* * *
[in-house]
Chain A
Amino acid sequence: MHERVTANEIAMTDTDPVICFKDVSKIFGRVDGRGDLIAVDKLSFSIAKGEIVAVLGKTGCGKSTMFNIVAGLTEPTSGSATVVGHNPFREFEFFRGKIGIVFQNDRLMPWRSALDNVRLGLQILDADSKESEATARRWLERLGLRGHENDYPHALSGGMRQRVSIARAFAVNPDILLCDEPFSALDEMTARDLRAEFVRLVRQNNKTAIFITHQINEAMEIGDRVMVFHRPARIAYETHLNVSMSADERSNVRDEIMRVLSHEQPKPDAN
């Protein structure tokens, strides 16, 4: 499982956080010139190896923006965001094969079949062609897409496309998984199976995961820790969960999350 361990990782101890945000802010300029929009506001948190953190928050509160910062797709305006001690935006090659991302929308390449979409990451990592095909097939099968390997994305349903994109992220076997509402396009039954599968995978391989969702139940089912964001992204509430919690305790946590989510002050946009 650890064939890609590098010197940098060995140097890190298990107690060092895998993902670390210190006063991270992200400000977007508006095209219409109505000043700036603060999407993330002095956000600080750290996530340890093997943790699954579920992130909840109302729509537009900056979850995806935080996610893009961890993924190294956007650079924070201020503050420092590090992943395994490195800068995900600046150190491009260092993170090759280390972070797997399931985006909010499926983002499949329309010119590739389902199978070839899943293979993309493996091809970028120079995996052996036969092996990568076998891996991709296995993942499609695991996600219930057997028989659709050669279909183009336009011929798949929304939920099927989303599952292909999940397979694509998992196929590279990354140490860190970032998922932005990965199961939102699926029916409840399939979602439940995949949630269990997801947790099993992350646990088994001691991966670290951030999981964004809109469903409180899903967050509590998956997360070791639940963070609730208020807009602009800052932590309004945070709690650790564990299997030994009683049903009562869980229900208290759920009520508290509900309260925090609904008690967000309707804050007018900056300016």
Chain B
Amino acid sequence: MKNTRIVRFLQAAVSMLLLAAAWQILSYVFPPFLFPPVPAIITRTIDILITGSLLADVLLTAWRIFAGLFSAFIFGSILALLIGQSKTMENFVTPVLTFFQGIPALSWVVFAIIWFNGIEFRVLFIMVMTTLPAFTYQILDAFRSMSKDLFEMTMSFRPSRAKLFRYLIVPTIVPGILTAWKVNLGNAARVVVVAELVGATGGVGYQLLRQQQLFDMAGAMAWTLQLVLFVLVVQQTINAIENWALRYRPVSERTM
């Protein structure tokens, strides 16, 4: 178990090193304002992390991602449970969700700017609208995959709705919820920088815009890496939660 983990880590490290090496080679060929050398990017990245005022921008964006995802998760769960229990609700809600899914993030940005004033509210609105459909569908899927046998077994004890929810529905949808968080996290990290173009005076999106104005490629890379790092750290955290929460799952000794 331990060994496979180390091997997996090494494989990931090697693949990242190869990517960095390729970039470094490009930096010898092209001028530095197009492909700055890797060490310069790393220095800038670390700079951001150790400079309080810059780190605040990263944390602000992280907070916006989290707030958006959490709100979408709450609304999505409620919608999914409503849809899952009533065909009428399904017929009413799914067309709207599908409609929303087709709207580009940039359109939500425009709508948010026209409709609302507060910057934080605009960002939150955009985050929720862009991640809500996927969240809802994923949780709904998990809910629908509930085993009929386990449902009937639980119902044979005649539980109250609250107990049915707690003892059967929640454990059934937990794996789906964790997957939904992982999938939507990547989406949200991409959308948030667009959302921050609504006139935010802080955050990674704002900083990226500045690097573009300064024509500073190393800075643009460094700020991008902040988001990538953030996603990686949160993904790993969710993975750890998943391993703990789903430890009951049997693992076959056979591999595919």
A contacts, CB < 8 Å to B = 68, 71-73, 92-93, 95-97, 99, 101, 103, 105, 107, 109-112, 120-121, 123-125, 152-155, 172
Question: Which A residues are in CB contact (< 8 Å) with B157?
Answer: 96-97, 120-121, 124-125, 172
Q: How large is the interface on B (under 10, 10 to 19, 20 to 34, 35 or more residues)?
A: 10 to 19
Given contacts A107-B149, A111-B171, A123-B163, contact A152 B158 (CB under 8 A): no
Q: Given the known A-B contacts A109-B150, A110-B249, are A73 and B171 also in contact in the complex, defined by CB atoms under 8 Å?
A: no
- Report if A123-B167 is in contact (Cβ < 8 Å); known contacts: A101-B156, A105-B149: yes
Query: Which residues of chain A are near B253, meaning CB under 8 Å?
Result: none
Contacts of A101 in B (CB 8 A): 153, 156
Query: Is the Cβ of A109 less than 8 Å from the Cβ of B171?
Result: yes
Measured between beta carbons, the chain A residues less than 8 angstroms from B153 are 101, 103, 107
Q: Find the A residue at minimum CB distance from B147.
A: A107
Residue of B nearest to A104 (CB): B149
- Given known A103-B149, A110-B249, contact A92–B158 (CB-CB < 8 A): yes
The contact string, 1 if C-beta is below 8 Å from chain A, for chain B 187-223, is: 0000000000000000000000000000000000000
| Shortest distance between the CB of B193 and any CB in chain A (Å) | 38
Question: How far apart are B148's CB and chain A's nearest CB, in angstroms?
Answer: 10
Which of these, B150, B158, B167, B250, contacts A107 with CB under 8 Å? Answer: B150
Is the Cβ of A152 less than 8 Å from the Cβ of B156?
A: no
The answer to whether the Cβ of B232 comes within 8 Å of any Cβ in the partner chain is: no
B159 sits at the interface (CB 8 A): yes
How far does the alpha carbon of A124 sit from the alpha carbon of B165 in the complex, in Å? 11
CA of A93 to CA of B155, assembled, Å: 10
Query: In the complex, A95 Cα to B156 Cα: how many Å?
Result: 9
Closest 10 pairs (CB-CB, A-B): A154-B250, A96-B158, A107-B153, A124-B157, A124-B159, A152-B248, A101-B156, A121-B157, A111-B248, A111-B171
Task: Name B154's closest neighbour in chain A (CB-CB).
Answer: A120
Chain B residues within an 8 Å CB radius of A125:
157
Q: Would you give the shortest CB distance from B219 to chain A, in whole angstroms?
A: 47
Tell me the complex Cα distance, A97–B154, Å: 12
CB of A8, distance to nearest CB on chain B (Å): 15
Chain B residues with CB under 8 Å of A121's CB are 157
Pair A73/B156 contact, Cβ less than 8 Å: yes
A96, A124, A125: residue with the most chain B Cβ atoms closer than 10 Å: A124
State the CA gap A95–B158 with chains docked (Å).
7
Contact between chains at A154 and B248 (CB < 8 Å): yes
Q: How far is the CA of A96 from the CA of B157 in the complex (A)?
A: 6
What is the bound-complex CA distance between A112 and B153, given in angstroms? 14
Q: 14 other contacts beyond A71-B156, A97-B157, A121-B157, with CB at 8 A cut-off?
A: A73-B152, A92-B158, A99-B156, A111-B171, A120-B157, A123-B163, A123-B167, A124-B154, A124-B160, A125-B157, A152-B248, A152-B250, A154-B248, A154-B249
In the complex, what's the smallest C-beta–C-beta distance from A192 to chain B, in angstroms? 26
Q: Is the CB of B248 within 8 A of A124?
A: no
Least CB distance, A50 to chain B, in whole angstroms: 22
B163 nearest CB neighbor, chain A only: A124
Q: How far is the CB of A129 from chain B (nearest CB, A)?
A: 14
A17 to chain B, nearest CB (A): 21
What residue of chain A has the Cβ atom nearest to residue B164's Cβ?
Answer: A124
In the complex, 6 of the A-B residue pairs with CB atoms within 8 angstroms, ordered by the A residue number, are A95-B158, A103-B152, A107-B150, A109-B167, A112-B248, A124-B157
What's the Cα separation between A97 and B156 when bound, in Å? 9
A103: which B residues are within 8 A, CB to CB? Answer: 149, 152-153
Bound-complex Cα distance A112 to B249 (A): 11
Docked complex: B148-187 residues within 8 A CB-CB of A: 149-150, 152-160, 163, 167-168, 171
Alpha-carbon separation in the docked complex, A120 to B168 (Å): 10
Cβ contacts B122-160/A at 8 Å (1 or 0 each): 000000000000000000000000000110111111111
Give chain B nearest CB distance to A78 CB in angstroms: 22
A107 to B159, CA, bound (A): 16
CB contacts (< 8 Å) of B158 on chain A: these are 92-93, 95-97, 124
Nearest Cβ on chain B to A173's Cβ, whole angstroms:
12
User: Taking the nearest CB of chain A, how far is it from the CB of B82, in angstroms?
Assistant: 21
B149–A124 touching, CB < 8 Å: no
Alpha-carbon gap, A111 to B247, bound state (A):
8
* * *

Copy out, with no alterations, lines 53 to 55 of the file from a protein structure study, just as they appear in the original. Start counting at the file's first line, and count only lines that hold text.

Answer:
7
Contact between chains at A154 and B248 (CB < 8 Å): yes
Q: How far is the CA of A96 from the CA of B157 in the complex (A)?